What a mess.
Once dubbed the “chaos candidate” by Jeb Bush, Trump lived up to the description, steamrolling past repeated stop signs raised by moderator Chris Wallace and interrupting Biden. But rather than get rattled, the former vice president seemed to enjoy Trump’s tactics and also cut off the president at times, calling him a “clown” and worse. In earlier Democratic primary debates, Biden would sometimes appear out of steam and end his responses before his allotted time expired. Instead, Trump ended them for him.
If national and swing-state polling is correct (and that’s an important if), the president needs to pick up ground in the final five weeks of the race and close a massive gender gap. Constantly interrupting both Wallace and Biden is an odd strategy to win over undecided women.
If the president wanted to keep the coronavirus from being the central theme of the debate, he succeeded – but only by turning much of the 90-minute event into a mud-fest.
Trump’s strongest moment in a tough night for him overall was pivoting from a question about racism and turning it to law and order, asking Biden if any law-enforcement groups were endorsing him and getting no answer.
But Trump had several shaky moments, notably not disavowing white supremacist organizations, telling the notorious Proud Boys to “stand back and stand by” – words that were quickly embraced by the group’s supporters on social media. The president also raised the specter of voter intimidation by encouraging his supporters to go to polling sites and act as observers to prevent alleged voter fraud from happening, something that unpleasantly echoed the era of Jim Crow.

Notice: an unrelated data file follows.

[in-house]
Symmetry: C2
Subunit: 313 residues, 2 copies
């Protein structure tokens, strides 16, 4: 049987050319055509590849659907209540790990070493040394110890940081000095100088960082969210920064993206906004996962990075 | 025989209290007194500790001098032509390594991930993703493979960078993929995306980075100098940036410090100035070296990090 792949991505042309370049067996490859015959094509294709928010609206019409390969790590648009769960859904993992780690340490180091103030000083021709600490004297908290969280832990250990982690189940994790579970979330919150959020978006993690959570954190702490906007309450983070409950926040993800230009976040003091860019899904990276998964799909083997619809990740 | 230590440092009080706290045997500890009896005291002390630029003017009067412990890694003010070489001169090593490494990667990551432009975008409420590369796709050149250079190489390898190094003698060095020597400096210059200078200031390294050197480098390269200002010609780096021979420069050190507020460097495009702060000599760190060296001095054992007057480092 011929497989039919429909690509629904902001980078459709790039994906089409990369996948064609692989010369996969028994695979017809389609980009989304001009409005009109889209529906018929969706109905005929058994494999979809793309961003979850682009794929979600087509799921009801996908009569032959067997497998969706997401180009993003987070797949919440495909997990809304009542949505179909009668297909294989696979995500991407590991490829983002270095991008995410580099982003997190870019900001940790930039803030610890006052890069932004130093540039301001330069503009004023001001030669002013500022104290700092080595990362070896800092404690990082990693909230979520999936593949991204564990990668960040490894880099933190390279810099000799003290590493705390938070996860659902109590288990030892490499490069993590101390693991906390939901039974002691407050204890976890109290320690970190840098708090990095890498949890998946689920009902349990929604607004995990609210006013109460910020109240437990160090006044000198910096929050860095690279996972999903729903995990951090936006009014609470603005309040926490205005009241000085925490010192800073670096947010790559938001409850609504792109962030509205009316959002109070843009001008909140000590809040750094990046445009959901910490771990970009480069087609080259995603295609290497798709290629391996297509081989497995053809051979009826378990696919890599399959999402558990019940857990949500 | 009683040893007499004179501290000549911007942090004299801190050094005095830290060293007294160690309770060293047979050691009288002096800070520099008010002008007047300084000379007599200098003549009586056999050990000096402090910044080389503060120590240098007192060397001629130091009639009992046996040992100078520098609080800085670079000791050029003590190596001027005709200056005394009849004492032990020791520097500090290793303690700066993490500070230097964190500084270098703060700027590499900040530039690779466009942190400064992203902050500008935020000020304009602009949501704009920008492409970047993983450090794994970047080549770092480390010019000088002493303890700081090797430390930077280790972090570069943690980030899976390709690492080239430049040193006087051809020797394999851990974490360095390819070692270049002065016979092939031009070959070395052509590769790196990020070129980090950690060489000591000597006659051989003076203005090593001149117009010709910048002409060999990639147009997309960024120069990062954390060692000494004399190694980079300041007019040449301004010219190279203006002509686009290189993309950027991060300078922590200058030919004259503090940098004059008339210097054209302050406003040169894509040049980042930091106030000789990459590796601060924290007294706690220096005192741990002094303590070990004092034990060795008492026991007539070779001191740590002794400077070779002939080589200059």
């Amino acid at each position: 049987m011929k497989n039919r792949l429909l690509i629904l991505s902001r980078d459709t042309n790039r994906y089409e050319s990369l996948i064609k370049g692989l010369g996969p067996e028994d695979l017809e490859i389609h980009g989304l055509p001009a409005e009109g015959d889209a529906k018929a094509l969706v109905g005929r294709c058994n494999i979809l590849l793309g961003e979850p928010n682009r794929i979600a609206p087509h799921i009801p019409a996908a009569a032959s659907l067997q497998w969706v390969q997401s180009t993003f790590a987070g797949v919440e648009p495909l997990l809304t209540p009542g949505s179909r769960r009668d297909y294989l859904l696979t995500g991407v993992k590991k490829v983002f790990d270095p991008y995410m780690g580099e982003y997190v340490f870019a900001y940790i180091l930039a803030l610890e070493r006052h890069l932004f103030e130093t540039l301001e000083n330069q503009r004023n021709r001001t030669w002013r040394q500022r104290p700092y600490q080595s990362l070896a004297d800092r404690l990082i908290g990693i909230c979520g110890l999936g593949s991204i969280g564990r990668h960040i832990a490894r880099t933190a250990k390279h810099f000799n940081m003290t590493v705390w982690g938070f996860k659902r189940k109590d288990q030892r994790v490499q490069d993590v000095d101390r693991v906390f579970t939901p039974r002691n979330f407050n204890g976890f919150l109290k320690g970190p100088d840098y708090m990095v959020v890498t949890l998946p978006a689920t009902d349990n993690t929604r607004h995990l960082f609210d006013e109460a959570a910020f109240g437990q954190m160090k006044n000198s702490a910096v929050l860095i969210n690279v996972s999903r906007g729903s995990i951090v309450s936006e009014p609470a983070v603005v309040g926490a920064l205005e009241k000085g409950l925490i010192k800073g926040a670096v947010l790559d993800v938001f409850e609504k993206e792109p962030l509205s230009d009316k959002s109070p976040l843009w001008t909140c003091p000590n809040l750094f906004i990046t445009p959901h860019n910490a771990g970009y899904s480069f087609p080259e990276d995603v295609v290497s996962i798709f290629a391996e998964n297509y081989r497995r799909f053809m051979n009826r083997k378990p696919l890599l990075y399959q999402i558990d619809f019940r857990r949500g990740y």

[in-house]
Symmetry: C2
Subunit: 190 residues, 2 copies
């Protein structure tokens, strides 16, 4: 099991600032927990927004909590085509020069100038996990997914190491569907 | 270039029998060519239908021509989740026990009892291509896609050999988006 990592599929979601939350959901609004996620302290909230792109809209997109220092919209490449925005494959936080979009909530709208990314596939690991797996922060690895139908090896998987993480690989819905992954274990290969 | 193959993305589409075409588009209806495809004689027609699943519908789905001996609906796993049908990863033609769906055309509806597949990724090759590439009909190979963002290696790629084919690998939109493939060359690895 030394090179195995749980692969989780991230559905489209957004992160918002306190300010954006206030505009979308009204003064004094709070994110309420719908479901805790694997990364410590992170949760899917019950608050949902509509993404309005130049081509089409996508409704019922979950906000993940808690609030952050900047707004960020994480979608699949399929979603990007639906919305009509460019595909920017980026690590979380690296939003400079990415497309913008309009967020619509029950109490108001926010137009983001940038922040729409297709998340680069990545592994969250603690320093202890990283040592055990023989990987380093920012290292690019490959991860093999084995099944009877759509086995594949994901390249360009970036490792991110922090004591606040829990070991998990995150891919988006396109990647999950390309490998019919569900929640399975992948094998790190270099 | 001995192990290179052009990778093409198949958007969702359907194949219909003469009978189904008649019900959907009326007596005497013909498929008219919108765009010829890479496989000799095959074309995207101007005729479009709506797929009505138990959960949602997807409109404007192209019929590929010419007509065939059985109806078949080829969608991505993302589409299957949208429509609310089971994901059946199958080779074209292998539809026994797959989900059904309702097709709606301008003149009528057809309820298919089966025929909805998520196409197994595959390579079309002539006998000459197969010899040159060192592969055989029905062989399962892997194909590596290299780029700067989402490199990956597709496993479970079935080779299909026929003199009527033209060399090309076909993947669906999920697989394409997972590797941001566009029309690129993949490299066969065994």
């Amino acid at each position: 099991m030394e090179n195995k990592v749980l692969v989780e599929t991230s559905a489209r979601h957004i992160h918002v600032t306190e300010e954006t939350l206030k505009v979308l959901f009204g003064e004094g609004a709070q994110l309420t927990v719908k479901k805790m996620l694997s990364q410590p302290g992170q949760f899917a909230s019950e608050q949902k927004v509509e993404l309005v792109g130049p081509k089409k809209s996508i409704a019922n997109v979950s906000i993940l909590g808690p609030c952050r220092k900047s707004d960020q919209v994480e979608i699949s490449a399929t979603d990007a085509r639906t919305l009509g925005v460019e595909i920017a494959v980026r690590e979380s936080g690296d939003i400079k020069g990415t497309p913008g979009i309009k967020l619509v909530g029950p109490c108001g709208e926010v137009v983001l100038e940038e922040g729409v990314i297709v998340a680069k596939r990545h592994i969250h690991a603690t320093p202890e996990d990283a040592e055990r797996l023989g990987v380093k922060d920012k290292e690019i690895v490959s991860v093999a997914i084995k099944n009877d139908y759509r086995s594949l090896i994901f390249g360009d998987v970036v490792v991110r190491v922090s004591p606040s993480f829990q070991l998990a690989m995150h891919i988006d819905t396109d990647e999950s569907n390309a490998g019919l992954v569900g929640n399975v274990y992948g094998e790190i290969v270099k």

Trump mostly succeeded in deflecting away serious questions raised by The New York Times in reports this week on his federal tax returns, with Trump claiming he paid “millions of dollars” in taxes for 2016 and 2017 when The Times says it was just $750 for each year.
And while Biden wouldn’t address a question about whether he would want to expand the size of the Supreme Court because of the current nomination fight, Trump said he was “counting” on the High Court to “look at the ballots.”
The president may have lowered the bar so much for Biden that he may have believed his own hyperbole about his opponent’s mental well-being. Without a prompter and any real stumbles, Biden more than held his own with Trump’s needling and Wallace’s questions. In the end, it was Trump who seemed to have more issues of acuity, calling Biden “Jim” three times throughout the debate.
Polling and studies show that presidential debates typically don’t have a significant impact on the race, and it’s hard to imagine an undecided voter now rushing to pull the lever for Trump after last night’s performance. The president may now need an October surprise because there were few surprises last night with his overheated performance on the debate stage. To paraphrase Tina Turner: What’s Hunter Biden got to do with it?